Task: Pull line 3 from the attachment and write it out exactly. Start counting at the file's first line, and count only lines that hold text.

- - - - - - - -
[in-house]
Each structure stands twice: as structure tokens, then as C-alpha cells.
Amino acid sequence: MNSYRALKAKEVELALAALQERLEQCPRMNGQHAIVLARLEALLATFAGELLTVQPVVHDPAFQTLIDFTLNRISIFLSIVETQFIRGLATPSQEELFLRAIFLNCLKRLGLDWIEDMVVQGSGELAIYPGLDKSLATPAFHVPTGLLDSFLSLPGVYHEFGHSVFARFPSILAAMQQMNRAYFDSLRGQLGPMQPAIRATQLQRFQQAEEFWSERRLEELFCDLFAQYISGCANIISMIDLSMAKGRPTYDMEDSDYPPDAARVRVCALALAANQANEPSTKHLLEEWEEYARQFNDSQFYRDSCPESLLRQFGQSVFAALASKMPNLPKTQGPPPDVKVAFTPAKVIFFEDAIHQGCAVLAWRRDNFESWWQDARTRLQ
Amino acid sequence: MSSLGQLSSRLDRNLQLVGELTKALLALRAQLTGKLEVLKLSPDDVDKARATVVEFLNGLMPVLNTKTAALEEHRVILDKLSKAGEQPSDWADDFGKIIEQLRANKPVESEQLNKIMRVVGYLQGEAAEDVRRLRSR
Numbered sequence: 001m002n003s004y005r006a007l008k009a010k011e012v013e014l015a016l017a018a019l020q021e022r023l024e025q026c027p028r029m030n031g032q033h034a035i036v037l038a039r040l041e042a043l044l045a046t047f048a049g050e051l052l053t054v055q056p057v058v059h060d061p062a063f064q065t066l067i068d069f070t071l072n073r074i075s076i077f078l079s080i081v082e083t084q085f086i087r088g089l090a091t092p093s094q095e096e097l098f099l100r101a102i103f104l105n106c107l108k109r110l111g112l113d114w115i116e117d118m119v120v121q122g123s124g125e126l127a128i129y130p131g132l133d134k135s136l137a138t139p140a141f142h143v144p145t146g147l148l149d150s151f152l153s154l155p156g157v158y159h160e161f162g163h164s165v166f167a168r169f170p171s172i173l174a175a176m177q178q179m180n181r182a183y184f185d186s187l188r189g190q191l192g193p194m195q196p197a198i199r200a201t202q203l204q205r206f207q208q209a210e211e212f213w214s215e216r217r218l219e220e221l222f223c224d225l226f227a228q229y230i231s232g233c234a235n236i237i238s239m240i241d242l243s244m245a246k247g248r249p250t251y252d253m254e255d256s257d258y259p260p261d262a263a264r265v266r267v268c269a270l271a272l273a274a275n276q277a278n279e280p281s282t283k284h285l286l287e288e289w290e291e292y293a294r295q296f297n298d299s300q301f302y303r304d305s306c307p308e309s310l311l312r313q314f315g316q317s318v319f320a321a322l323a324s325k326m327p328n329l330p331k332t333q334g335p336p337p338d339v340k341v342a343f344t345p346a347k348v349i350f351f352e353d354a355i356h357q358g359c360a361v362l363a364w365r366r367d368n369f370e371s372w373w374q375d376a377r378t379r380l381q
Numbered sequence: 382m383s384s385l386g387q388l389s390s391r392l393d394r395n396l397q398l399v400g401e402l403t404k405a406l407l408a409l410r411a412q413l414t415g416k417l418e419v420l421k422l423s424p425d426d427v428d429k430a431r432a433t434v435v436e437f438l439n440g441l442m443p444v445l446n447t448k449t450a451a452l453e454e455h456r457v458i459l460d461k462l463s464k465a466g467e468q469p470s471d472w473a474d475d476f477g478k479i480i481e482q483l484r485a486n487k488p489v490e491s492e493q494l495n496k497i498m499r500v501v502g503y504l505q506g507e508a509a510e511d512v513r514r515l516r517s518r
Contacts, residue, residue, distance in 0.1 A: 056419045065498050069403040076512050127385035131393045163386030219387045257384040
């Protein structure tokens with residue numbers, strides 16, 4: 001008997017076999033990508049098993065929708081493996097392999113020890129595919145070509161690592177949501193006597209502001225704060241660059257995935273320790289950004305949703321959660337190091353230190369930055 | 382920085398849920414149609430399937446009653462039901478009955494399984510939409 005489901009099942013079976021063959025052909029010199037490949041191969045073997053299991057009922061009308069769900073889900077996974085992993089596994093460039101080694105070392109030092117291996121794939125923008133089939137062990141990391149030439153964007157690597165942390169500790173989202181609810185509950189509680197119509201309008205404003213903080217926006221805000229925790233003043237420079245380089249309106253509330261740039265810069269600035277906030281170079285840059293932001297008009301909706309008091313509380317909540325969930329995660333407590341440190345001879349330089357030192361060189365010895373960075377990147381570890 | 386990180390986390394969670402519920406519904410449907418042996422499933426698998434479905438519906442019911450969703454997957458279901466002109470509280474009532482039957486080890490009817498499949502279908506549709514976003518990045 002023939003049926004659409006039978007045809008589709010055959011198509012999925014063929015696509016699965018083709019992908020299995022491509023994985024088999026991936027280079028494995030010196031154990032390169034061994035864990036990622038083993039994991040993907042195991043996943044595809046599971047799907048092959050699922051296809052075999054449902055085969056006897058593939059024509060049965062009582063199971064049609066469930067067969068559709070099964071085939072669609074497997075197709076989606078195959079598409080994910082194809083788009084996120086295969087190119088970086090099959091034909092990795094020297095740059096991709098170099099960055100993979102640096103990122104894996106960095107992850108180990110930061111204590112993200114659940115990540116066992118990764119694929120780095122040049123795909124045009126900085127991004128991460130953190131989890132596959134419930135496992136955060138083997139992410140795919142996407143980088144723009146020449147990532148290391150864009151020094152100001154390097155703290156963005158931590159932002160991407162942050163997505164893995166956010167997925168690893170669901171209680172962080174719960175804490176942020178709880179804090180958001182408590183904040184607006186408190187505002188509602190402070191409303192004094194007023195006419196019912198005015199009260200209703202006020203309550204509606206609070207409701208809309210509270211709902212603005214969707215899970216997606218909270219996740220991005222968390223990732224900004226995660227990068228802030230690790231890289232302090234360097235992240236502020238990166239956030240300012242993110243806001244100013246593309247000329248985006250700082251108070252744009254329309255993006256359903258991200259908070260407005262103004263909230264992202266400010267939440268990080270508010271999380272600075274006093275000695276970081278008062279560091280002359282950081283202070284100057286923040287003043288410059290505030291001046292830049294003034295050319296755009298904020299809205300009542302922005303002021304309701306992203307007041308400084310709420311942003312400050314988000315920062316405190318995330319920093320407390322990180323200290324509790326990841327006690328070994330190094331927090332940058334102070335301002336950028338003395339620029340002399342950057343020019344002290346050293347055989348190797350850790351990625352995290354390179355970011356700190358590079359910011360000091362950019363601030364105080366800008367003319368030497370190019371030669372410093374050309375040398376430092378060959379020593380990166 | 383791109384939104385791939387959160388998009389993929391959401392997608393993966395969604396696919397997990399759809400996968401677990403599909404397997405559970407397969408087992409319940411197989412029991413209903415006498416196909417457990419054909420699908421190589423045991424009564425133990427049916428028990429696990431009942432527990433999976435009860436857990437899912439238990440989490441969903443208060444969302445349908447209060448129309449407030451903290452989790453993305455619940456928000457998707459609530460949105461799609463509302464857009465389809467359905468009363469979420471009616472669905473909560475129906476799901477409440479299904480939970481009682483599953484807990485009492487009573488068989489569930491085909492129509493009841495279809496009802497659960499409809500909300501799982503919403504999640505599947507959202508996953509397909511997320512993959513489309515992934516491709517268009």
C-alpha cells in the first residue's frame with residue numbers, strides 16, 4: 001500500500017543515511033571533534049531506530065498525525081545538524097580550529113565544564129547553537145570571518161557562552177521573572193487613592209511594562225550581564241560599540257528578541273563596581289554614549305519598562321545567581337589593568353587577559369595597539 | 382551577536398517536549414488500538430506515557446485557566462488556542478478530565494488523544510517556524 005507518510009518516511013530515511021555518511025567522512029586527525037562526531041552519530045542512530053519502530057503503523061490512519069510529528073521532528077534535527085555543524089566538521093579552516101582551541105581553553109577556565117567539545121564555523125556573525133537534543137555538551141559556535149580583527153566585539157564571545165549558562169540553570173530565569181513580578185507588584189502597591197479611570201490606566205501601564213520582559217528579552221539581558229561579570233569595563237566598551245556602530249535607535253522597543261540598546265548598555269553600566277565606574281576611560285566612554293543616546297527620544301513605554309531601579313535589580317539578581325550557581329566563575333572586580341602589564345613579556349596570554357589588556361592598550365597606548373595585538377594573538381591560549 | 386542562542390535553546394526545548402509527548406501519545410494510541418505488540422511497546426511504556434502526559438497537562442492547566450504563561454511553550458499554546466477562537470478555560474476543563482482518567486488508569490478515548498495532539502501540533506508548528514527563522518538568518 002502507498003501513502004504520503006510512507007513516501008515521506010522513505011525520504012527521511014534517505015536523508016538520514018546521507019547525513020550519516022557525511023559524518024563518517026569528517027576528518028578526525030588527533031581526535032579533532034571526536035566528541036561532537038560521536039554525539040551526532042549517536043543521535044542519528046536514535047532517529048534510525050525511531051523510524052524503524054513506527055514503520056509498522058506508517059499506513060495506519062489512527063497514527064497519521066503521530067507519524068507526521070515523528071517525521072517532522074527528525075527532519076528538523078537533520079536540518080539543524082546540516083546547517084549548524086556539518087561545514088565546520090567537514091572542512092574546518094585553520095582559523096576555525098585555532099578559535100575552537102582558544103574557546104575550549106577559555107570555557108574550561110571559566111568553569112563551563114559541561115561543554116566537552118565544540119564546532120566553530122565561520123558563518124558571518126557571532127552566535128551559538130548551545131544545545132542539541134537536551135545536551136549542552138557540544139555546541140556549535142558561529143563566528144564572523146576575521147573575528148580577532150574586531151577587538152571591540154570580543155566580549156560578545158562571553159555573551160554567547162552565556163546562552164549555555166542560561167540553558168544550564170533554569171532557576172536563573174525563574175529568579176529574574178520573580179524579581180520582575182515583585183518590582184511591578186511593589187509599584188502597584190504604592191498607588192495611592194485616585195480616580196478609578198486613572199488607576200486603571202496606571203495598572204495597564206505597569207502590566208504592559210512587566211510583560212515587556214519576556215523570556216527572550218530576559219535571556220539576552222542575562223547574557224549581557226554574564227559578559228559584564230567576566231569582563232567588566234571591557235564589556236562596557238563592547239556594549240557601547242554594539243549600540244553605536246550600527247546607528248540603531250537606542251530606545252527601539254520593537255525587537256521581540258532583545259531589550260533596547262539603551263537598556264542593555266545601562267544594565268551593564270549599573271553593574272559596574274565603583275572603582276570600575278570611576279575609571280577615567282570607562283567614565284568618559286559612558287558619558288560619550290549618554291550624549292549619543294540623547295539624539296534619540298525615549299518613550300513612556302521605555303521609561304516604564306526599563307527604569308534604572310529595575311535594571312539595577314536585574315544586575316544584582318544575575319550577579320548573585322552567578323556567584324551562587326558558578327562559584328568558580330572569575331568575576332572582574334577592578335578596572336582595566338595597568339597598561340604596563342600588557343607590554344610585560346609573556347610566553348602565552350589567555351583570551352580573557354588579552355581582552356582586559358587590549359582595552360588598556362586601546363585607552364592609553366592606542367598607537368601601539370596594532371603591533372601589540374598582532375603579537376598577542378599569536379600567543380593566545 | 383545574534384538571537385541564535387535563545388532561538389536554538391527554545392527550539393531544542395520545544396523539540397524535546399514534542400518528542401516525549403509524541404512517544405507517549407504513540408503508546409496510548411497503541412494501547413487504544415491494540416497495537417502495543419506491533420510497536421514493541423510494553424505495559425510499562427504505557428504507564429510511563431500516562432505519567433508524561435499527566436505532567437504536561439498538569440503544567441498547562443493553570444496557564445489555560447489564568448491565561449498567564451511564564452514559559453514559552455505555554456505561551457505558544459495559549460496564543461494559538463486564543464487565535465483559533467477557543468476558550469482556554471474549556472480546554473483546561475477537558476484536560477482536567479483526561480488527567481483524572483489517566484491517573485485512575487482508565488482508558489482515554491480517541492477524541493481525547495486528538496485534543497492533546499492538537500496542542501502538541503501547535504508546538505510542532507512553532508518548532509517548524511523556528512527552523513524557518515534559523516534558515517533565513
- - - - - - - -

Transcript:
Amino acid sequence: MNSYRALKAKEVELALAALQERLEQCPRMNGQHAIVLARLEALLATFAGELLTVQPVVHDPAFQTLIDFTLNRISIFLSIVETQFIRGLATPSQEELFLRAIFLNCLKRLGLDWIEDMVVQGSGELAIYPGLDKSLATPAFHVPTGLLDSFLSLPGVYHEFGHSVFARFPSILAAMQQMNRAYFDSLRGQLGPMQPAIRATQLQRFQQAEEFWSERRLEELFCDLFAQYISGCANIISMIDLSMAKGRPTYDMEDSDYPPDAARVRVCALALAANQANEPSTKHLLEEWEEYARQFNDSQFYRDSCPESLLRQFGQSVFAALASKMPNLPKTQGPPPDVKVAFTPAKVIFFEDAIHQGCAVLAWRRDNFESWWQDARTRLQ